What is Those Who Make Revolution Halfway Only Dig Their Own Graves? At three hours, it’s easy to get caught up in the sprawl, so let’s stick to the facts. On the surface, it’s a speculative aftermath of the 2012 Quebec student protests. It’s an event that is largely unknown outside Quebec, the seven months through the spring and summer five years ago where around a quarter of a million students protested proposed fee hikes by the province’s Liberal Party. But what started as a fight to keep university accessible to all quickly became emblematic of wider frustrations with the government, including those about previous attempts for independence. Not helping was a law passed by the government that May, which required police approval for large public protests anywhere in Quebec, making the movement illegal. Student unions organised and protested on the streets and online, but with a tuition freeze announced that September, the movement died with the start of the new school year. Those Who Make the Revolution (titled Ceux qui font les révolutions à moitié n’ont fait que se creuser un tombeau in French), however, picks up four years later and focuses on a group of four individuals have created a radical splinter group away from the organised, goal-oriented student unions to fight at all costs. It’s not about the protests themselves, but instead questions what actions must be taken for there to be change. But the film is by no means a conventional drama: over its three hours it combines documentary footage, theatre, dance and a multitude of other styles in a violent, graphic, angering immersion. It’s sometimes didactic, anguished, anxiety inducing, and grotesque, but you can’t help but be absorbed and intrigued by something so devoid of convention.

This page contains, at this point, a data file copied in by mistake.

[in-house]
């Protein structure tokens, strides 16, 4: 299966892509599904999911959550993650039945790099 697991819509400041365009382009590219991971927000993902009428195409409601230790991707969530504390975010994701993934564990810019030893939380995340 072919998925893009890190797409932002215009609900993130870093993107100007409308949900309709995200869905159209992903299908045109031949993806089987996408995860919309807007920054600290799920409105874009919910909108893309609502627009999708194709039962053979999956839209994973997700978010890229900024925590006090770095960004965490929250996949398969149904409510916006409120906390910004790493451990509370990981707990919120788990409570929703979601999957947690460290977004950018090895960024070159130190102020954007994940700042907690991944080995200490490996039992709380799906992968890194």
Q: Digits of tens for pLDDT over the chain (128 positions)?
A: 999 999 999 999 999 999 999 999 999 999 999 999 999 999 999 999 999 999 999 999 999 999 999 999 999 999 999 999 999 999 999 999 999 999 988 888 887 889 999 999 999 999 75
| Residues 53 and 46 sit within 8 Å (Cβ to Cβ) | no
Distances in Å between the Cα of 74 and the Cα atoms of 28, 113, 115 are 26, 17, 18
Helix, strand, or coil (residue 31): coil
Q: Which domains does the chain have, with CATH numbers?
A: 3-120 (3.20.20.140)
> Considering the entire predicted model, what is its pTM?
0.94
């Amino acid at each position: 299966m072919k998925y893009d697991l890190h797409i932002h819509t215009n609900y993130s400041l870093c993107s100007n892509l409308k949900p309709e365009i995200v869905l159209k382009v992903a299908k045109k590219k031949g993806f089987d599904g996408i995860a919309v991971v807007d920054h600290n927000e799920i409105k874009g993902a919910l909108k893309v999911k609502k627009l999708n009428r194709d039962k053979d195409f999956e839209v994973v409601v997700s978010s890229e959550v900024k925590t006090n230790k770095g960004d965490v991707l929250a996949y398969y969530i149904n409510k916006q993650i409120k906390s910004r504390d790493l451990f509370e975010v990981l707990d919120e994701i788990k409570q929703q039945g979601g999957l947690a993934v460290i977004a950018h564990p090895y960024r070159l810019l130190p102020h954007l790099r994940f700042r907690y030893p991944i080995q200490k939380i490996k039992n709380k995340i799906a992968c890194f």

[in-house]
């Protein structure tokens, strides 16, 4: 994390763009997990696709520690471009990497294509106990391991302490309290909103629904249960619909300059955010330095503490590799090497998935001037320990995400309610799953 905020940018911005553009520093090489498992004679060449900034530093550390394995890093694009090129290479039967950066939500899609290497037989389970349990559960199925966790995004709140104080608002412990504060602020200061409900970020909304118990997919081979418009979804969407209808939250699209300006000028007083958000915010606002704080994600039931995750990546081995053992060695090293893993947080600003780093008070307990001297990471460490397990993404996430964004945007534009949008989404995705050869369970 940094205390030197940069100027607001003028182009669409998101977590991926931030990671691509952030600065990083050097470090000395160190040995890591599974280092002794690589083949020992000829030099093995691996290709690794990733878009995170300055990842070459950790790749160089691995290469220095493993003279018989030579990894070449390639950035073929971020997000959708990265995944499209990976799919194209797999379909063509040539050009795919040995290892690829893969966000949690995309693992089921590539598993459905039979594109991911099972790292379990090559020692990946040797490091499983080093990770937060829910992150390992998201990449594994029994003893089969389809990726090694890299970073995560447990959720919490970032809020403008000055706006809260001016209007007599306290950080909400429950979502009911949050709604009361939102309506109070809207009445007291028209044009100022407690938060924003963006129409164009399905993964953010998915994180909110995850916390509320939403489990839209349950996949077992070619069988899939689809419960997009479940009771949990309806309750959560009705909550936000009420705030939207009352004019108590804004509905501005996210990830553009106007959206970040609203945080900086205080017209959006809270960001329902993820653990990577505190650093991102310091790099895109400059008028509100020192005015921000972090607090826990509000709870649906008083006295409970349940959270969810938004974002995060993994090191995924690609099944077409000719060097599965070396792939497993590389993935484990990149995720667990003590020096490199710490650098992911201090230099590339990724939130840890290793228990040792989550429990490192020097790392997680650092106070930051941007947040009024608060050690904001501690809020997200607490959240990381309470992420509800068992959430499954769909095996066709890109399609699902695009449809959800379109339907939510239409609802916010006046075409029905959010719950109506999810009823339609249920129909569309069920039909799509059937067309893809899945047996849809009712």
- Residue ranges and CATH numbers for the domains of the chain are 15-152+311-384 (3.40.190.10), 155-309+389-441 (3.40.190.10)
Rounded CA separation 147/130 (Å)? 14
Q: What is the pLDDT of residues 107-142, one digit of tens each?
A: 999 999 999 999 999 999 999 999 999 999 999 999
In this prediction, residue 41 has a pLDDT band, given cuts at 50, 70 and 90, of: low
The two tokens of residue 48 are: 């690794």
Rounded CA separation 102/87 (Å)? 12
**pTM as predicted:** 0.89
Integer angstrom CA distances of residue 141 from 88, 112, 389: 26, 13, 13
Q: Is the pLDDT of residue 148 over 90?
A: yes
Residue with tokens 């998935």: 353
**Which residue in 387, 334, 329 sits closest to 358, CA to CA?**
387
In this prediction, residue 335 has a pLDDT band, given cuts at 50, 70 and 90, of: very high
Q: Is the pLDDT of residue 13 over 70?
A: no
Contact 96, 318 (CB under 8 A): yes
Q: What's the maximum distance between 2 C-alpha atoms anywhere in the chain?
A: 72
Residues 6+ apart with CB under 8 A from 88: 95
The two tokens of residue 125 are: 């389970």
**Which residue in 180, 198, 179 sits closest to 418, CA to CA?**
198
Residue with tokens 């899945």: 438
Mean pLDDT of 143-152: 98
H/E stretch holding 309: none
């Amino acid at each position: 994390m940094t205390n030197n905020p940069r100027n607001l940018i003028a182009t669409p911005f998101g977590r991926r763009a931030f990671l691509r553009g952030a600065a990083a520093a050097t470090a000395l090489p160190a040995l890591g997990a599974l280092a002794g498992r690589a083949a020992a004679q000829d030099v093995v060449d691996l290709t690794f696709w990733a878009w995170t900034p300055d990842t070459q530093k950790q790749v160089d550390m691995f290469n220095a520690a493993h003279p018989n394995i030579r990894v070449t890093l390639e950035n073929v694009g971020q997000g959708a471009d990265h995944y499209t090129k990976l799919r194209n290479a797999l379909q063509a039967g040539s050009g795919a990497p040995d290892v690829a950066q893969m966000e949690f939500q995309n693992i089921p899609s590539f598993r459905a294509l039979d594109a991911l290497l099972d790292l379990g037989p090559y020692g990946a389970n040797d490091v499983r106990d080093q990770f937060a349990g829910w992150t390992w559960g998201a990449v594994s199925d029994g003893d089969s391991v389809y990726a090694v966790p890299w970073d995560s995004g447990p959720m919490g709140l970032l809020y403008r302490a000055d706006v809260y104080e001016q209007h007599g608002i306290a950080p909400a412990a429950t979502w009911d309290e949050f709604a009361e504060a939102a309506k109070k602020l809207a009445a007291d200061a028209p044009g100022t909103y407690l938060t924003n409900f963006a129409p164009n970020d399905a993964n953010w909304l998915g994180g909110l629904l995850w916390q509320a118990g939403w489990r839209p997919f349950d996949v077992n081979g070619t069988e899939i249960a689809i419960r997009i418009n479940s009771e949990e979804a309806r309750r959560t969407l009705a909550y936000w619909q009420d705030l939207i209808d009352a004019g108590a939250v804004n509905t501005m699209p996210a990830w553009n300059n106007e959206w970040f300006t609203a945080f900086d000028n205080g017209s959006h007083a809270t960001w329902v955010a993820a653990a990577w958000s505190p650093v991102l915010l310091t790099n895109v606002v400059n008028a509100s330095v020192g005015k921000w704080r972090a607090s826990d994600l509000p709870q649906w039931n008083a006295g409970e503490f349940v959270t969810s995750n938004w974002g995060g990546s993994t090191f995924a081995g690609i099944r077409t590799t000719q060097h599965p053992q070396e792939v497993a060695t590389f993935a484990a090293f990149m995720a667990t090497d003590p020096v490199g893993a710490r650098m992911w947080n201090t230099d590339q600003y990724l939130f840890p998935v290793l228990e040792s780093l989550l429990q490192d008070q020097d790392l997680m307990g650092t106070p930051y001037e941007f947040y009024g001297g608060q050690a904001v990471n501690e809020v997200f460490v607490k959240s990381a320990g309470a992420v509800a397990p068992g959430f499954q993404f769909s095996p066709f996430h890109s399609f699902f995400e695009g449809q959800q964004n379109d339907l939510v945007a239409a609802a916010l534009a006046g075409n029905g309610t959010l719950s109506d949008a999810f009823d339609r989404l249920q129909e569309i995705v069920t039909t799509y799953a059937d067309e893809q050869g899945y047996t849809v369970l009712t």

I recently caught up with Hany Ouichou, the Toronto International Film Festival award winning and Canadian Screen Award nominated producer of the film. The film plays tomorrow, June 15, and Sunday, June 18 at the Sydney Film Festival. Here’s our conversation: